Amid rising cases of Covid-19 in the country, government says it has enough test kits in stock and is continuing with the standard procedure of testing only travellers, those who show symptoms of the disease and close contacts to positive cases.
Ministry of Health Principal Secretary (PS) Charles Mwansambo in an interview on Monday said although the country has adequate test kits, it will continue with the current protocol of testing.
He said: “You can test negative today and test positive tomorrow. So it doesn’t help to know your status.”
According to Mwansambo, as at January 10 2021, the ministry had a total of 159 163 test kits in its warehouses across the country, with Covid-19 tests being conducted in all 28 districts.
According to information sourced from Ministry of Health Covid-19 National Information Dashboard, the ministry has conducted 98 864 tests since Covid-19 was registered in Malawi in April 2020. Of those tests, 9 400 have come out positive, 3 084 are active cases, 5 826 recovered while 254 have died, according to Ministry of Health statistics released on Tuesday.
On the increasing Covid-19 cases, the PS said the country is now suffering the consequences of ignoring Covid-19 preventive measures.
He said although no country in the world is prepared enough, government saw the spike coming and it was unfortunate that a group of concerned musicians obtained an injunction against government’s proposed lockdown last year, throwing all preventive measures out of the window.
“We are now suffering the consequences. We saw this coming and that is why the Minister of Health gazetted the amendments to the rules and regulations to limit gatherings. This we did so as not to overwhelm our health system,” said Mwansambo.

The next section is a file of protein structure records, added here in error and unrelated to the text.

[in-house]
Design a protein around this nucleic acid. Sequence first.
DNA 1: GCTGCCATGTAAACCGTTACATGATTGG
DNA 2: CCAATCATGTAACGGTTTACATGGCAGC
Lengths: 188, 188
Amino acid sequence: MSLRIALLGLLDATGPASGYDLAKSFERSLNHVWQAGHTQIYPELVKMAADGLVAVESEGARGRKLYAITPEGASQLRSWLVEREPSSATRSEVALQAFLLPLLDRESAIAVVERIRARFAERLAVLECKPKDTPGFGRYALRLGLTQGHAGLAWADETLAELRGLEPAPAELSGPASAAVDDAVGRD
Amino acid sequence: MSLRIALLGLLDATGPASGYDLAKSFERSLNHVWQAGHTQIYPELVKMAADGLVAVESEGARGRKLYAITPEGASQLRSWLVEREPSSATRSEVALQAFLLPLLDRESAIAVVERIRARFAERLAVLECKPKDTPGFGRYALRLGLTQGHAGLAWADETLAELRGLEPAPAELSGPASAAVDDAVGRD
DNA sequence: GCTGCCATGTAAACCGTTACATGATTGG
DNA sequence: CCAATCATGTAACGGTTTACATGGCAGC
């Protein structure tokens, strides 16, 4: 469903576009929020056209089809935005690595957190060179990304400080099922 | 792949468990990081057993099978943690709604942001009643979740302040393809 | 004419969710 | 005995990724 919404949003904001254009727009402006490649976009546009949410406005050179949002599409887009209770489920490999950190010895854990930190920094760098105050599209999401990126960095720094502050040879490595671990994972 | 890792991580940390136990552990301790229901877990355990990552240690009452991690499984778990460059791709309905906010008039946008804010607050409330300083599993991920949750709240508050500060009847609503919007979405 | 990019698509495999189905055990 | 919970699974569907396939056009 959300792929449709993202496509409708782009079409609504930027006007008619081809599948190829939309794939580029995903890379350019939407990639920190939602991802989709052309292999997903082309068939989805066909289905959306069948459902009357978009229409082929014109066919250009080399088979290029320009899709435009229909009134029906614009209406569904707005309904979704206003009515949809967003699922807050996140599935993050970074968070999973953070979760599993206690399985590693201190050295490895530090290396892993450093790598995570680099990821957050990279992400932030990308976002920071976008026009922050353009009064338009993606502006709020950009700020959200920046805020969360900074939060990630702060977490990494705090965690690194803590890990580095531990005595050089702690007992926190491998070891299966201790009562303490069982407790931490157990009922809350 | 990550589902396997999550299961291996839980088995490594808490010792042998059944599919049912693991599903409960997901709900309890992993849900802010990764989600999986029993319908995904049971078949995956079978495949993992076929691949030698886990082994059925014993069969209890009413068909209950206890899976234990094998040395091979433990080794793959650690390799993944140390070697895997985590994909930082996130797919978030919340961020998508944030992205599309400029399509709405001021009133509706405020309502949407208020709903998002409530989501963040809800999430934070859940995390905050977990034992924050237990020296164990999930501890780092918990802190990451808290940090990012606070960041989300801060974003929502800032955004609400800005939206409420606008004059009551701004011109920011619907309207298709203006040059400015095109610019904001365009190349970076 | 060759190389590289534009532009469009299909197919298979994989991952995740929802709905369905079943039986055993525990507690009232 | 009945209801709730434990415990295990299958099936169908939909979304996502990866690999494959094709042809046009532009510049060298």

In a separate interview, public health and epidemiology expert Adamson Muula said the country also has to be cost-effective and test only those that are travelling, close contacts of positive cases and those showing symptoms.
Meanwhile, health activist Maziko Matemba has called for a need to assess if the current Covid-19 response plan is helping the country in curbing the virus.
He said in an interview that if something is not done, the health system will be overwhelmed with admissions of Covid-19 patients.
Said Matemba: “Do we need to change some things in the plan? It is good that even President Lazarus Chakwera has acknowledged our weaknesses, now what do we do next?”
Matemba said there is need to have isolation centres in the country’s border posts to deal with imported cases and improve on contact tracing. Currently, 134 people that were tested have been lost to follow-up, according to Ministry of Health daily Covid-19 updates.
The virus that causes Covid-19 is mainly transmitted through droplets generated when an infected person coughs, sneezes or exhales, according to the World Health Organisation.
People with Covid-19 show a wide range of symptoms ranging from mild symptoms to severe illness. The symptoms may appear between two and 14 days, according to the Centres for Disease Control (CDC).
CDC cites Covid-19 symptoms as including fever or chills, cough, shortness of breath or difficulty in breathing, fatigue, muscle or body aches, headache, new loss of taste or smell, sore throat, congestion or runny nose, nausea or vomiting and diarrhoea.